We set this image up. The day before we had stood before the doors of Parliament with all our flags and banners and t-shirts with messages that all read Freedom. But today we weren’t allowed any closer than the bollards in this image.
We had been told too, the only flag allowed past this point was the blue flag, and that it had to be flown the right way up and we weren’t allowed to have any flag poles. We didn’t know what law they were using, and our tribe was bereft with such rumours that we decided that since the police were there, we’d send this little girl forward, with her father, to see what this police officer would do. The rumour was true.
A few days later, on the Sunday after the great march, a major radio station in Canberra was asking the locals to dob in any vehicle or person displaying our flag, to the police, so that they could come and move them on or arrest them. It was on this day, in our nation’s capitol, that our national flag became the yellow star.
But why do the protesters love the flag when their country has cast them out?
Initially, we called the new system apartheid and segregation, but with segregation there is, as a rule, somewhere for the oppressed to go. We protesters have nowhere. We are the unwanted, the untouchables, the fully or partially unvaccinated, and yet so many of us proudly carry the flag, both the blue and the red versions. Why? Many walk around wearing the flag as a cape. Not that it protects you, for Mary, a grandmother was wearing it that way, the day two police officers shoved her to the ground then pepper sprayed her fallen face, twice.
Here, in the ACT they had new weapons trained upon us, as we sang the national anthem, and listened to more speeches, as our flags flew high over the grass before Parliament house.
Some want a new flag. They want the Union Jack removed. But I feel, from my observations, that our tribe doesn’t see the union jack, or even the stars. The flag instead represents the country we have lost, the one we are here fighting for. To us, it is no longer the National Flag, for those in power have continued to betray all of its values. This flag, both the red and the blue is our flag. The red ensign being the more revolutionary of the two. And they aren’t just flying from our vehicles and our poles, but from the hill we are rigorously defending. The moral high ground.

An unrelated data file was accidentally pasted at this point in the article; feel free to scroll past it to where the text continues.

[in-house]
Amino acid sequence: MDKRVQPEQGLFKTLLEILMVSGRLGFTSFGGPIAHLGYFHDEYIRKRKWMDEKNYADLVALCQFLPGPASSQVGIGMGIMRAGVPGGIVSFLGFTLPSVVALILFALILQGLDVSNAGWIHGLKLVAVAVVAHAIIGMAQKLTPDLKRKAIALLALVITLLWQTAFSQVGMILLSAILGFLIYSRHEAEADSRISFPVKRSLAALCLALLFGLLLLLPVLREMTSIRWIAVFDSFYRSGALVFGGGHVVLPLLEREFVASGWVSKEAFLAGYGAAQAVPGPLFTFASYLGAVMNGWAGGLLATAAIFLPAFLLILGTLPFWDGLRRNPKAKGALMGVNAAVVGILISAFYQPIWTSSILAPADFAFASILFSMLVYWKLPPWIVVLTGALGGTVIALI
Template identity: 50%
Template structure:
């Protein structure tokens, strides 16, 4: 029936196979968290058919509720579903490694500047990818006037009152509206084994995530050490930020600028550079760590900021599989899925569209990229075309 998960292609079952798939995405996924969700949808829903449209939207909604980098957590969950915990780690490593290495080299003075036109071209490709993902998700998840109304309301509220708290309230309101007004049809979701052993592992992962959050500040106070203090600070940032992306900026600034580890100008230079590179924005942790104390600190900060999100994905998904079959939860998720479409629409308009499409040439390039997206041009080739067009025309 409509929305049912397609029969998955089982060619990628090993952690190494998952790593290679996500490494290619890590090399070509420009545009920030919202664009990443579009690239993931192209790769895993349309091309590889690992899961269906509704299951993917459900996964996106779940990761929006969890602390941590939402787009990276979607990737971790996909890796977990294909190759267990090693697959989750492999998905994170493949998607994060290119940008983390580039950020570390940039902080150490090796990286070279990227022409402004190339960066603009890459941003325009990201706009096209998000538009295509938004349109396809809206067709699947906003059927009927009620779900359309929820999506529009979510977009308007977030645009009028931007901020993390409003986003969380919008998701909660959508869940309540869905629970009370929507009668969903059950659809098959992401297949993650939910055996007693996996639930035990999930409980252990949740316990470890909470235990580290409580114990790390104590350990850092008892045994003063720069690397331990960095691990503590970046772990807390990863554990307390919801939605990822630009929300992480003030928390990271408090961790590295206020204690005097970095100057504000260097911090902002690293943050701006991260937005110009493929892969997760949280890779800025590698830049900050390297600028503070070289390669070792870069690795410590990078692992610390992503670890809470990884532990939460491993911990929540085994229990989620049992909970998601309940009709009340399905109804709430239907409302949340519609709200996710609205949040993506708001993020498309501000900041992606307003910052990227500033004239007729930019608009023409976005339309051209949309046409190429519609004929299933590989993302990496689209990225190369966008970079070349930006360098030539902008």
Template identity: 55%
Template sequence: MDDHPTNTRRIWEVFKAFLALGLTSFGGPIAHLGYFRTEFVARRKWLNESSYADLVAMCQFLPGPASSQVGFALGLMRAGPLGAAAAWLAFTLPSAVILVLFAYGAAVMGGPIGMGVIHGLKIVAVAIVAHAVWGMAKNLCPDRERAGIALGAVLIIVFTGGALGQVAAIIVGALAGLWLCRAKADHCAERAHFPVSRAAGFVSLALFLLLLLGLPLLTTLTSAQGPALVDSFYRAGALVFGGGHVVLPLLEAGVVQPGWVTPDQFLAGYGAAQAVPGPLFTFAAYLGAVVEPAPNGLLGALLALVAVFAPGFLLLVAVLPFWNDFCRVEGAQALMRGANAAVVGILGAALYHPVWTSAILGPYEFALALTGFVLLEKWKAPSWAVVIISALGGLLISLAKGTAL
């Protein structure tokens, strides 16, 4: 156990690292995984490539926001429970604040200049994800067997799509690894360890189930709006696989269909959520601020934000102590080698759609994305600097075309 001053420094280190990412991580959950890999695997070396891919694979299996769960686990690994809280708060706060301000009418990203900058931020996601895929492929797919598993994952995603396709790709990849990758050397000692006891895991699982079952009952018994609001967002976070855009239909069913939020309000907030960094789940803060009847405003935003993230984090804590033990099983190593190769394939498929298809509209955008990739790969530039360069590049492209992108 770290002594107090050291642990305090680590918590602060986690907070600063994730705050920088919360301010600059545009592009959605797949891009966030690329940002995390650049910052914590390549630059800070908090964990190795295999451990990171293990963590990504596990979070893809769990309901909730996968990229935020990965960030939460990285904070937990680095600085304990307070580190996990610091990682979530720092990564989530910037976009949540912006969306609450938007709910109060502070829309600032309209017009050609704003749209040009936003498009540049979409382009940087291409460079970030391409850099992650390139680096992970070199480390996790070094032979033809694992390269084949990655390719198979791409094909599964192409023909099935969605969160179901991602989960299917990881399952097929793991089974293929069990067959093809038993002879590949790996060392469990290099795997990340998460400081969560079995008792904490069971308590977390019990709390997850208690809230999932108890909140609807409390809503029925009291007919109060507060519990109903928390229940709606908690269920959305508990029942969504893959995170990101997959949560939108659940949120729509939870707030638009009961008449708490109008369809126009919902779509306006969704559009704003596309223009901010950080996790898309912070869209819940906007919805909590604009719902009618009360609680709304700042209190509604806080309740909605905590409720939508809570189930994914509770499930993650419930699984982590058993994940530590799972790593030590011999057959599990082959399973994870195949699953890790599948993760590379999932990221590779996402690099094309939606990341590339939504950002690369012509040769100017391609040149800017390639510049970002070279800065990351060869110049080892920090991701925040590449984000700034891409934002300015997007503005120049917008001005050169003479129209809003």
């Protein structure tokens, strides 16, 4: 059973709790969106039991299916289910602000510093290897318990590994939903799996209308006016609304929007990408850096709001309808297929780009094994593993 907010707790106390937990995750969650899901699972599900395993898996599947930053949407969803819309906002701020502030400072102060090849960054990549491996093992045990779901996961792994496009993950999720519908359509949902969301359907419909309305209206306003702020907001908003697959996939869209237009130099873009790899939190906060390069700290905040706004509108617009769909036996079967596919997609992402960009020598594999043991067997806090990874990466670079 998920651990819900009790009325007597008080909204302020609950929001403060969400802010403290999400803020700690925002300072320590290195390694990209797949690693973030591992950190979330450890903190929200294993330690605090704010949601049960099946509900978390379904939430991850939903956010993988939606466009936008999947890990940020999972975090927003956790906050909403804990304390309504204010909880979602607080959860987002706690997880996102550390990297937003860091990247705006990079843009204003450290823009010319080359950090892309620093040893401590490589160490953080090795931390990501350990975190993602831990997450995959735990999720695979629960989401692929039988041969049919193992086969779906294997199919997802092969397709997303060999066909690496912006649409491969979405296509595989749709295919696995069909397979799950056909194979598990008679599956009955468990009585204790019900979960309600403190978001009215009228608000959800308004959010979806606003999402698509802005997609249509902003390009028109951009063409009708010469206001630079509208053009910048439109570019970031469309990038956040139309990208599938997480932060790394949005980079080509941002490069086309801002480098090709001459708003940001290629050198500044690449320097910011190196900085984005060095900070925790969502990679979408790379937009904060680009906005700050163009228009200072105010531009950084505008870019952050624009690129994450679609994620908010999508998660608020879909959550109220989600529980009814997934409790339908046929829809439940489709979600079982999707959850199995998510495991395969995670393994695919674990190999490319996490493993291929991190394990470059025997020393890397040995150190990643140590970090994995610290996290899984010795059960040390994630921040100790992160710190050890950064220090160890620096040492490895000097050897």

They know that they can never take this ground, for to hold it you have to live in the truth and their world is constructed of endless layers of lies.
But they want us off, for they know that our courage is infectious. This is why they are not allowing us to work. They are trying to starve us into submission. All over Australia we have been besieged. This was why Epic Camp was so Epic. It was a union of isolated groups and individuals, who had come together, from all over the land, to celebrate and in the great march display to the world, their resilience, their commitment and their power.
This is also why, on the following Monday, after the majority of protesters had gone home, the police invaded Epic Camp in force. They brought their new sonic weapons, they brought dogs and rubber bullets, and they marched through the camp in a long line arresting anyone who refused to move. They wanted to try reclaim the high ground. To show the World who was really in charge. For the rest of the day they did the same in other camps all over the ACT, and then, for the rest of the week they kept trying to move those who had remained, on.
What they didn’t understand was that their actions were empty. It was a lesson they didn’t learn when they evicted us from the grass before the national library.
The moral high ground isn’t below our feet. It’s in our souls, and our hearts. It’s in our DNA.
It’s in the ideas we bounce off each other, as our fired up entrepreneurial spirits search for new ways to add pressure. To hold the line. It’s in the donations for food and camping gear and money, as around the world people reach out to support our cause. It’s in our promise to come back. And we will be back.
Whenever I see a flag now I know that the person flying it is on our side. The side fighting for the right to choose what goes into our body. The one fighting for the freedom to travel, to work, to build a life and pursue happiness. To protect our children.
And it is from this defiance that we draw our hope. For we are fighting from a source of passion, whereas all their side has left to defend their totalitarian narrative with, is this thinning line of police officers, who are fighting for a pay packet and defending what?
A system determined to inoculate their children with a vaccine that is injuring people and worse. A system determined to starve any Australian who chooses to defend freedom, into compliance.
Sadly now their blue gloves, and ear plugs to protect them from the audio weapons, their bullet proof vests, and pepper sprays, and their revolvers, are all empty symbols. A gutted truth. A plastic shadow of a real uniform once worn by past heroes, but now worn by those betraying everything that was great about our country. A betrayal never so acute as together, with all their toys of oppression, they hunted the Nation’s capitol for anyone flying our Nation’s flag.
Fortunately for them, their new masters have given them all something to hide their growing and irremovable shame behind. A facemask.
Michael Gray Griffith